Despite describing herself as a typical Miami girl who likes playing video games with her brother, she realized at an early age that she had talent that could take her to places most teens could only imagine.
“I think it came about when I started getting to finals in junior grand slams,” Puiq said. “It was at the Australian and French Open that I realized this is what I want to do with the rest of my life and I think I made the right decision.”
But her role model or idol in tennis wasn’t a famous female, like Steffi Graf, but rather Graf’s husband, Andre Agassi. Puiq grew up admiring the style of play of the former No.1 ATP player in the world and tried to immolate his game.
“I watched a lot of Andre Agassi,” Puiq said, trying to explain why she chose Agassi as her favorite player. “I think I liked Andre because he likes to be aggressive from the baseline and I that’s what I like to do, too,“ she said. “That and the return of serve are big weapons in my game, so there were similarities there.
“I got to meet him [Agassi] at an Adidas camp in Las Vegas last year and it was amazing to meet your childhood idol. “
Puiq’s big breakthrough came just last year when the unassuming pro made a mark at a grand slam.
“I beat [Italian]Sara Errani. She was No. 5 in the world at the time,” Puiq said. ”It was the greatest win of my career and I made it the fourth round of Wimbledon”
She eventually lost to fellow Floridian, Sloan Stephens in the fourth round of the All-England tournament but put the tennis world on notice that she is a player on the rise.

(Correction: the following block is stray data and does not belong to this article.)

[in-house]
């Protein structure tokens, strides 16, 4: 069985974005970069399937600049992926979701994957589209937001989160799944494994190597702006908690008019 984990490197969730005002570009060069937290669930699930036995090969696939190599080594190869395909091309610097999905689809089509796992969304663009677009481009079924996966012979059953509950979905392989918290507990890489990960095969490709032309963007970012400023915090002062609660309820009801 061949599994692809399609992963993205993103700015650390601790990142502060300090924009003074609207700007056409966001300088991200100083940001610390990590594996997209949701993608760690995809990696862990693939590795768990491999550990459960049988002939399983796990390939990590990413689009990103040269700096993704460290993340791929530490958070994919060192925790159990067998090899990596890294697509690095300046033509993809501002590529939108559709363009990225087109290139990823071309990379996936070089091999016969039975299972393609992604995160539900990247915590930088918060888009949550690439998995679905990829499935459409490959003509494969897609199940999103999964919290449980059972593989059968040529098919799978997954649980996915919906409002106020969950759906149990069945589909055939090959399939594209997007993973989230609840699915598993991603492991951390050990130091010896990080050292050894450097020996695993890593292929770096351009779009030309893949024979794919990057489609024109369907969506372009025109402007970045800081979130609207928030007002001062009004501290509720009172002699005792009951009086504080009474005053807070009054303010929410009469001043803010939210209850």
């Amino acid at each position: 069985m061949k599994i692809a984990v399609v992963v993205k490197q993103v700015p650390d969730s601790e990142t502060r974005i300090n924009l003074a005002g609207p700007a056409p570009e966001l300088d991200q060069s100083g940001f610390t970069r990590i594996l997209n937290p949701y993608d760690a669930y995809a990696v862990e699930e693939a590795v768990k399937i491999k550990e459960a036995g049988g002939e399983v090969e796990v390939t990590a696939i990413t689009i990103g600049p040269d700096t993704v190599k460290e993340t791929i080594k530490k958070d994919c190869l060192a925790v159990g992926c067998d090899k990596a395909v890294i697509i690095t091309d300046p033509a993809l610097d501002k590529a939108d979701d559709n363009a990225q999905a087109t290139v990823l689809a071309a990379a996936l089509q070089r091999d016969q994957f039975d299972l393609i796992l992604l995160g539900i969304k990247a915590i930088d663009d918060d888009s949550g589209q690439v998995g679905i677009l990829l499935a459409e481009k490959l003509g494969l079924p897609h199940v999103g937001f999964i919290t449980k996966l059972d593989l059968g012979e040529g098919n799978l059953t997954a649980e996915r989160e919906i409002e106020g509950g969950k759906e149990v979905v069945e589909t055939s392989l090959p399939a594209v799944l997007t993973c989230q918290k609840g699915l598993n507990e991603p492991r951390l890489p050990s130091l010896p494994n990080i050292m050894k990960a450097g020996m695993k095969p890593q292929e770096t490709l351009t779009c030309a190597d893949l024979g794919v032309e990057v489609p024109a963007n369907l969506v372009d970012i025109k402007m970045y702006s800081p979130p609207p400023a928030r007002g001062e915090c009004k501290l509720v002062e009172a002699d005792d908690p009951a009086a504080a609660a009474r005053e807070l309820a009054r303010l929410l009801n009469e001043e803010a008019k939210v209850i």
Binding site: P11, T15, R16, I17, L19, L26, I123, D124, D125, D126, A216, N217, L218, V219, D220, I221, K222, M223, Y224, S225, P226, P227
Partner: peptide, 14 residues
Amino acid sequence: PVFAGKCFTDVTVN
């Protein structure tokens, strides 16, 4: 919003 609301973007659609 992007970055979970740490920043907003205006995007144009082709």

USTA  Women’s Player Development Coach Ola Malmqvist believes Puiq is the real deal.
“Monica is one of the young up-and-coming stars on the WTA tour that has a very bright future,” Malmqvist said.
Puiq relishes her international lifestyle and has the classic bi-cultural South Florida personality and upbeat attitude.
“I represent Puerto Rico in all the events and I live in Miami,” she said, bursting with pride. “So it’s nice because Miami is so multi-cultural.”

Playing on the WTA Tour is like a dream come true for the young woman on the run. The hectic schedule and travel are both the pluses and minus’ of living life as an international professional athlete.
“I think it’s difficult in the sense because you’re always away from home because you’re traveling so much,” Puiq said. “It’s tough to get used to time changes and adapt to that but its very fun.
“You experience so many different things and different cultures. Tennis on the tour is extraordinary.”
With the unofficial 5th major in her virtual backyard, Puiq hopes to put on a good show for her fans.
 “I’ve already told a couple friends that I’ll be there” Puiq said, adding that she has to be careful not to get too relaxed around familiar settings. “My focus is my agent and my coach they help me keep focused.
“I’ m at home but I am at a tournament.”
Despite all the big names at the Sony Open, Puiq’s experience will no doubt be unique.
While balancing the celebrity matrix of the Key Biscayne extravaganza, where   athletes sometimes cringe at the thought of second place and winning less than the lions share of the prize money is considered a failure, a local girl is appreciating the moment and reflecting on how she is living her dream playing professionally at Crandon Park trying to make herself and her family proud.
Puiq and her family remember attending the Sony as fans, and as a group they feel a responsibility to enjoy the moment and help others do the same.
“It’s a wonderful experience to see your daughter out there,” Astrid said, choking-up with emotion. “I always remember Monica and her dad at the Sony with her little ball chasing the players for an autograph and we always tell her, ‘ you were one of those kids too, so you have to stop sign every ball, and it doesn’t matter how many kids there are,  because you were  once one of them. ‘”